What Russia needs is a perception of success. It is perfectly possible that just such success will come in the next year. And once the pendulum swings, suddenly it will become fashionable to welcome Russia to the capitalist world.

Start your day with The Independent, sign up for daily news emails
PROMOTED VIDEO
Life and Style
life
Arts and Entertainment
Cold case: Aaron McCusker and Christopher Eccleston in ‘Fortitude’
tvReview: Sky Atlantic's ambitious new series Fortitude has begun with a feature-length special
Voices
Three people wearing masks depicting Ed Miliband, David Cameron and Nick Clegg
voicesPolitics is in the gutter – but there is an alternative, says Nigel Farage
Voices
The veterans Mark Hayward, Hugh Thompson and Sean Staines (back) with Grayson Perry (front left) and Evgeny Lebedev
charity appealMaverick artist Grayson Perry backs our campaign
News
i100
News
people
ebooks
ebooksA special investigation by Andy McSmith
Sport
Chelsea manager Jose Mourinho
footballThe more Jose Mourinho attempts to influence match officials, the more they are likely to ignore him
Life and Style
Vote green: Benoit Berenger at The Duke of Cambridge in London's Islington
food + drinkBanishes thoughts of soggy school dinners and turn over a new leaf
News
Joel Grey (left) poses next to a poster featuring his character in the film
peopleActor Joel Grey comes out at 82
News
i100
News
business
Latest stories from i100
Have you tried new the Independent Digital Edition apps?
Independent Dating
and  

By clicking 'Search' you
are agreeing to our
Terms of Use.

iJobs Job Widget
iJobs Money & Business

Recruitment Genius: Compliance Assistant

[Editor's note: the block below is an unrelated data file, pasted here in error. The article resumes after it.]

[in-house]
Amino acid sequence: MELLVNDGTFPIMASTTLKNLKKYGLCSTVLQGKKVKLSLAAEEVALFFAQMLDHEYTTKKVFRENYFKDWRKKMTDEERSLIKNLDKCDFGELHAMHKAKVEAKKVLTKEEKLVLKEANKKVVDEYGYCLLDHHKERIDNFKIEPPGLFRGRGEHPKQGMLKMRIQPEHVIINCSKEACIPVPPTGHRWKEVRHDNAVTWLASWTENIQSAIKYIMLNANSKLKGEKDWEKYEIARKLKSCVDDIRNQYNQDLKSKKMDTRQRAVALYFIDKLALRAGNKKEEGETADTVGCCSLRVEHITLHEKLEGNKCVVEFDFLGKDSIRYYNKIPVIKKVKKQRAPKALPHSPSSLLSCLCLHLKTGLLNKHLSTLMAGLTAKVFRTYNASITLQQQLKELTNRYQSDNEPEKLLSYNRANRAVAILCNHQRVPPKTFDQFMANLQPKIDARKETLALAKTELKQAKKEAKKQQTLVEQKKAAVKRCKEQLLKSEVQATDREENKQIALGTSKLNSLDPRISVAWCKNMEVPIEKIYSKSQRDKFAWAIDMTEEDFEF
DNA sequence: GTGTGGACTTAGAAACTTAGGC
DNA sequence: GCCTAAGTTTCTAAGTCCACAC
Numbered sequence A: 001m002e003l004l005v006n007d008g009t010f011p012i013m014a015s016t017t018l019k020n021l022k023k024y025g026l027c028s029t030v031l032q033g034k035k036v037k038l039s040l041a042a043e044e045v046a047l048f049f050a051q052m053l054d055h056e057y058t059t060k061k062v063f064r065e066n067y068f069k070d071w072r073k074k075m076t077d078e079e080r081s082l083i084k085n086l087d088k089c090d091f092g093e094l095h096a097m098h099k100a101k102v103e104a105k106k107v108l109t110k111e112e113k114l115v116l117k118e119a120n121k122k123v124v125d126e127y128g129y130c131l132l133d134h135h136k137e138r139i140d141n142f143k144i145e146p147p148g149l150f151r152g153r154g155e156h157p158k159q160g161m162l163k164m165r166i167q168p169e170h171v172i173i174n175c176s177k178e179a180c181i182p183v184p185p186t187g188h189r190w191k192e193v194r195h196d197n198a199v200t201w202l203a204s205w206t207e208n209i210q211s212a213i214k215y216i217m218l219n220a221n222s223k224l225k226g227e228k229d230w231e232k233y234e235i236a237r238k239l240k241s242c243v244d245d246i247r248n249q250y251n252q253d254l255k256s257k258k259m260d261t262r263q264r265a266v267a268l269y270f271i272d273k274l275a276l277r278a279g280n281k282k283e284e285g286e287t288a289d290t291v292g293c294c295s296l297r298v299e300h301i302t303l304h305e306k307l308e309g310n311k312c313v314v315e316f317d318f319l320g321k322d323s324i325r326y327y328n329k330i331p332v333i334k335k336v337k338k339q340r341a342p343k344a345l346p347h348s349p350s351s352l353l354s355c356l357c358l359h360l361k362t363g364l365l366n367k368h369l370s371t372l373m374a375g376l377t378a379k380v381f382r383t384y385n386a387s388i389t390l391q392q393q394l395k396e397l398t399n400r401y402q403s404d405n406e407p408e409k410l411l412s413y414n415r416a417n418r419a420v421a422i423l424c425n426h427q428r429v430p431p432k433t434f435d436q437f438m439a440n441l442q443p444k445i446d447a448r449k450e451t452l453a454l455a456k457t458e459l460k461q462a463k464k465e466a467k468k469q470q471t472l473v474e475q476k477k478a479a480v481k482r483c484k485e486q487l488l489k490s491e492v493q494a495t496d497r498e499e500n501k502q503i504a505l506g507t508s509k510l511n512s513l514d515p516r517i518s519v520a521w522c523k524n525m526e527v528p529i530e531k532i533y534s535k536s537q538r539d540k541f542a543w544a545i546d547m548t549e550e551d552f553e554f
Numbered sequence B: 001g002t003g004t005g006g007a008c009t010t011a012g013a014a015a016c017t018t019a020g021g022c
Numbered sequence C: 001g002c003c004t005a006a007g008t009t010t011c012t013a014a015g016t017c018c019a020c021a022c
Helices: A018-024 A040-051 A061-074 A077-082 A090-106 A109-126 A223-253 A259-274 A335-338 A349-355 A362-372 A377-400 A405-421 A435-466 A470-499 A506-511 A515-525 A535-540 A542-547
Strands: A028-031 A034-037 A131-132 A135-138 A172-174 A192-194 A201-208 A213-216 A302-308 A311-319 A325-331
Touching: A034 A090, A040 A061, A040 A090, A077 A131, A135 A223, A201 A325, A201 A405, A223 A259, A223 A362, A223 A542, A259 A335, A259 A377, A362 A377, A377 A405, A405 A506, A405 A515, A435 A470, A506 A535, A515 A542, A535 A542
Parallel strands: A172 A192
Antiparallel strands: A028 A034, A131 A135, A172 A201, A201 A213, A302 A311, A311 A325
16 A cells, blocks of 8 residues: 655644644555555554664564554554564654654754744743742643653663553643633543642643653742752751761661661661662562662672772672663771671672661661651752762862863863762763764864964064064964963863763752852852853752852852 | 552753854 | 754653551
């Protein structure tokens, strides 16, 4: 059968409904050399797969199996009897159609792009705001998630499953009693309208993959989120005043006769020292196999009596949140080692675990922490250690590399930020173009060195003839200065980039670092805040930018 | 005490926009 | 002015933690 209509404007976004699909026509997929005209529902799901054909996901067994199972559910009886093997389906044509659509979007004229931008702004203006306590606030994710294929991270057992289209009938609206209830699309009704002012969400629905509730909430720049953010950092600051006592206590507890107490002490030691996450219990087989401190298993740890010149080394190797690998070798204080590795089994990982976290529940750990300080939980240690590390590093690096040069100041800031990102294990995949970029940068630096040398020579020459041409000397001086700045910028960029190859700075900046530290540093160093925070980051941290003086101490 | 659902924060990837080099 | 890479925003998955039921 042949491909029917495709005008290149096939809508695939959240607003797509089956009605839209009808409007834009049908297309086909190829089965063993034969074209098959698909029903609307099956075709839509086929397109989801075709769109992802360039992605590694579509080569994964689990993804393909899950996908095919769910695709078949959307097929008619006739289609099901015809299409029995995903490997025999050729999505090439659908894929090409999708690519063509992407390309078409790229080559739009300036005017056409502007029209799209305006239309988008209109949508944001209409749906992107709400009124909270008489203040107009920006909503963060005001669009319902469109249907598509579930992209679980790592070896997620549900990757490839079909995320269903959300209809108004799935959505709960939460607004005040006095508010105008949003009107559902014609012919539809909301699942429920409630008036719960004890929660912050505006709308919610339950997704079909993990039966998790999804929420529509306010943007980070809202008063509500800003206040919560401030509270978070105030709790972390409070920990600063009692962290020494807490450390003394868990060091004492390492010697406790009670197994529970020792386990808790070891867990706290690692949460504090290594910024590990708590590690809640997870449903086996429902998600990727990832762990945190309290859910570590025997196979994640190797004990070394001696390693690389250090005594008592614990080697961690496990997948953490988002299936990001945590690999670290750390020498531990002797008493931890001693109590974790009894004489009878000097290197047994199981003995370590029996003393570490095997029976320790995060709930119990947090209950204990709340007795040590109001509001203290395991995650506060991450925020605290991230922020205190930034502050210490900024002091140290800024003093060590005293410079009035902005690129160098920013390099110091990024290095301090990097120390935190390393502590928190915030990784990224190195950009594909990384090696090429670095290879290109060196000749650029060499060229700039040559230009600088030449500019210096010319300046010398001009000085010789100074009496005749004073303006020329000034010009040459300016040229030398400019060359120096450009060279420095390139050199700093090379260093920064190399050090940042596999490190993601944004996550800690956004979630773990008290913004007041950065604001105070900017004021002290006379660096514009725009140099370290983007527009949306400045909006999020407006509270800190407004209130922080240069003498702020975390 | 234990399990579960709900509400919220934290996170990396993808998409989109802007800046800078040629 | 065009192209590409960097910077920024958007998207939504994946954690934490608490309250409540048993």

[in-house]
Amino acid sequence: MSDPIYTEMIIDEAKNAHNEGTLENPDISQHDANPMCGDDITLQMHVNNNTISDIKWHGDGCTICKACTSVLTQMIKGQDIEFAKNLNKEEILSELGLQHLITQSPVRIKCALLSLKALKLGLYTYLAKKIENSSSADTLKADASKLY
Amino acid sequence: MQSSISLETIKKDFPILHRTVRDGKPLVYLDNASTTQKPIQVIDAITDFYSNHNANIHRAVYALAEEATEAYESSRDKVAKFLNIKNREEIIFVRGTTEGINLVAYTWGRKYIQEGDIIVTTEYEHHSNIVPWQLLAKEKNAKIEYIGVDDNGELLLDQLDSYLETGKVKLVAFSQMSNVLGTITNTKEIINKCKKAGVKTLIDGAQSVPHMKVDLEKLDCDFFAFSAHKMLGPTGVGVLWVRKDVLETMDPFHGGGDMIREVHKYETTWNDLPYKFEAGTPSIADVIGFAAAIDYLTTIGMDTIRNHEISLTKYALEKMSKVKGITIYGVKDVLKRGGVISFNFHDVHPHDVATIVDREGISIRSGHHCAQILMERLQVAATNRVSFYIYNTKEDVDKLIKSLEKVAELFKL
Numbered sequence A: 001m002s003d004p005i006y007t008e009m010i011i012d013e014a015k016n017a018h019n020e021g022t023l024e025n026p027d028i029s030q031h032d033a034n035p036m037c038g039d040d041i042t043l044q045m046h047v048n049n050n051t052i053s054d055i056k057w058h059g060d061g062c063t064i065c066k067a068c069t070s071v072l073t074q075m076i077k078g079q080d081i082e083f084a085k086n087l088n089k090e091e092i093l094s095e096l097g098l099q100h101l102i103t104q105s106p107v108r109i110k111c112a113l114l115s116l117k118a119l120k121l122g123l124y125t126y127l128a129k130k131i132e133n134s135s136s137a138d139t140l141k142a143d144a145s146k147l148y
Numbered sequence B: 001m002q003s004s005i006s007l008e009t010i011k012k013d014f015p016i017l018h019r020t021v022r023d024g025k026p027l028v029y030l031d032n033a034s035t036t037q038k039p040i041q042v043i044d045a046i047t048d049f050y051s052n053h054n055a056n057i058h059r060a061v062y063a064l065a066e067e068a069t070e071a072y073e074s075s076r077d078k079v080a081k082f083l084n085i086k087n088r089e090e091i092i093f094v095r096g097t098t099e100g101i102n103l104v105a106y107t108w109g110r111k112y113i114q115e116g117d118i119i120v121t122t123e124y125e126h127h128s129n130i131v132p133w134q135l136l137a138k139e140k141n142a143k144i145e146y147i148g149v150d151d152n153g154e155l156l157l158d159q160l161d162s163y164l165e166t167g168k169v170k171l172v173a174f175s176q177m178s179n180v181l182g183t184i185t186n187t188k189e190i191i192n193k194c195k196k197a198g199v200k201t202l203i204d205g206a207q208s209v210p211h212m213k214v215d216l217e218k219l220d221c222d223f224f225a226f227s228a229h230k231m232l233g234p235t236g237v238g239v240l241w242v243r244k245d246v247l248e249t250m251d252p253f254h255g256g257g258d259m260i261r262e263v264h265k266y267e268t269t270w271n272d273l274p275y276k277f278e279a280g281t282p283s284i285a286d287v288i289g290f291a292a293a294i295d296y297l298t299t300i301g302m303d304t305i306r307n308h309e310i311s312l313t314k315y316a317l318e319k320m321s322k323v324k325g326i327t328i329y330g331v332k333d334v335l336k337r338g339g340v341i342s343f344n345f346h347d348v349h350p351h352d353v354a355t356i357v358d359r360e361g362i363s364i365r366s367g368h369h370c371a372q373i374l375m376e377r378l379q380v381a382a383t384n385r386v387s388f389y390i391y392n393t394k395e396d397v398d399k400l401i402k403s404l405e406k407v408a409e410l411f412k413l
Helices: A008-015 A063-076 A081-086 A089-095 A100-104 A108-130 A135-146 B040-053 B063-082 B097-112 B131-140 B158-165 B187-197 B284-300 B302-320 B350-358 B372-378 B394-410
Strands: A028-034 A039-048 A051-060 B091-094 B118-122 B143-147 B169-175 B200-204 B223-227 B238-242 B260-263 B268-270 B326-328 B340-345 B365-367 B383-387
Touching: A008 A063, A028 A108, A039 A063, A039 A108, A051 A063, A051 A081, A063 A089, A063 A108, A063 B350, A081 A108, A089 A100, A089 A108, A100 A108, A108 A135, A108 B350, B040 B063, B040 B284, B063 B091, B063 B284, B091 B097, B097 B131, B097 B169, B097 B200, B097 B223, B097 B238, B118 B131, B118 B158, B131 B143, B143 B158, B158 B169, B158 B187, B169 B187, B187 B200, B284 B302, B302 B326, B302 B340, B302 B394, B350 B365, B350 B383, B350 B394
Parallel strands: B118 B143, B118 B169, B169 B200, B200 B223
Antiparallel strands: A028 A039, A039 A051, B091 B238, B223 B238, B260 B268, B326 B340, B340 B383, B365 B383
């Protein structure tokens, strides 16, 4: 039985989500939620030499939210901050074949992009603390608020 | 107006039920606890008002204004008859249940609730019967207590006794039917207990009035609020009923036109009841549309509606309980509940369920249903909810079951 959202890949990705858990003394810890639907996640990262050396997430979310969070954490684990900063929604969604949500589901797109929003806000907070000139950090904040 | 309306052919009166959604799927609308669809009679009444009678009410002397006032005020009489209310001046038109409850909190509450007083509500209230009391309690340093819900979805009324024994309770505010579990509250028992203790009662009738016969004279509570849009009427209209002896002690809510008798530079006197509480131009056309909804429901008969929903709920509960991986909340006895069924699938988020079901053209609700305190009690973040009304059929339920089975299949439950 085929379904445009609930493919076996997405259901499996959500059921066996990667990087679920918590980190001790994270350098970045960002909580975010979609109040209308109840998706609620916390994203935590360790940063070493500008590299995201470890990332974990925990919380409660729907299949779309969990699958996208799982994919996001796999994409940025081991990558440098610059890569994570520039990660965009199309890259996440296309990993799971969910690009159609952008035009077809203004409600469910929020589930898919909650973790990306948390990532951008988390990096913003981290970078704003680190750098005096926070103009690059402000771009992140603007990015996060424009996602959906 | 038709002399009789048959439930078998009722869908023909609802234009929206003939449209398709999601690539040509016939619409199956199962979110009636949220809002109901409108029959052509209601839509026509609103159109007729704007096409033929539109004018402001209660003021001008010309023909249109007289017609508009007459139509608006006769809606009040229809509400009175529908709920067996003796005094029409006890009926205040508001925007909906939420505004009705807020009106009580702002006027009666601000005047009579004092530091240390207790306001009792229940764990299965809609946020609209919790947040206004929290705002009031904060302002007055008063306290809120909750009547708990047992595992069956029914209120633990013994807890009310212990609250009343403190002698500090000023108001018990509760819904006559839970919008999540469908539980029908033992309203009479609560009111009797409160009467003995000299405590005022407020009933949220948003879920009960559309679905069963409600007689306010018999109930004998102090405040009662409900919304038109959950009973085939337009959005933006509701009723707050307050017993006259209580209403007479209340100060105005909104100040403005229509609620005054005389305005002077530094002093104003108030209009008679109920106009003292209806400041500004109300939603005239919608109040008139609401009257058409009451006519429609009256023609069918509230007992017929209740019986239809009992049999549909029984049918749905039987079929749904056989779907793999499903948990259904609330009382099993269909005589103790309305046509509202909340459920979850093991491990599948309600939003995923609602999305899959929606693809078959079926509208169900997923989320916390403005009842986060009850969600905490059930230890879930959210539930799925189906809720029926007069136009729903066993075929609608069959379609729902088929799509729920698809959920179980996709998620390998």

£13000 per annum: Recruitment Genius: This Pension Specialist was established ...

Ashdown Group: Market Research Executive

£23000 - £26000 per annum + Benefits: Ashdown Group: Market Research Executive...

Recruitment Genius: Technical Report Writer

£25000 - £35000 per annum: Recruitment Genius: A Technical Report Writer is re...

MBDA UK Ltd: Indirect Procurement Category Manager

Competitive salary & benefits!: MBDA UK Ltd: MBDA UK LTD Indirect Procurement...

Day In a Page

Isis hostage crisis: The prisoner swap has only one purpose for the militants - recognition its Islamic State exists and that foreign nations acknowledge its power

Isis hostage crisis

The prisoner swap has only one purpose for the militants - recognition its Islamic State exists and that foreign nations acknowledge its power, says Robert Fisk
Missing salvage expert who found $50m of sunken treasure before disappearing, tracked down at last

The runaway buccaneers and the ship full of gold

Salvage expert Tommy Thompson found sunken treasure worth millions. Then he vanished... until now
Homeless Veterans appeal: ‘If you’re hard on the world you are hard on yourself’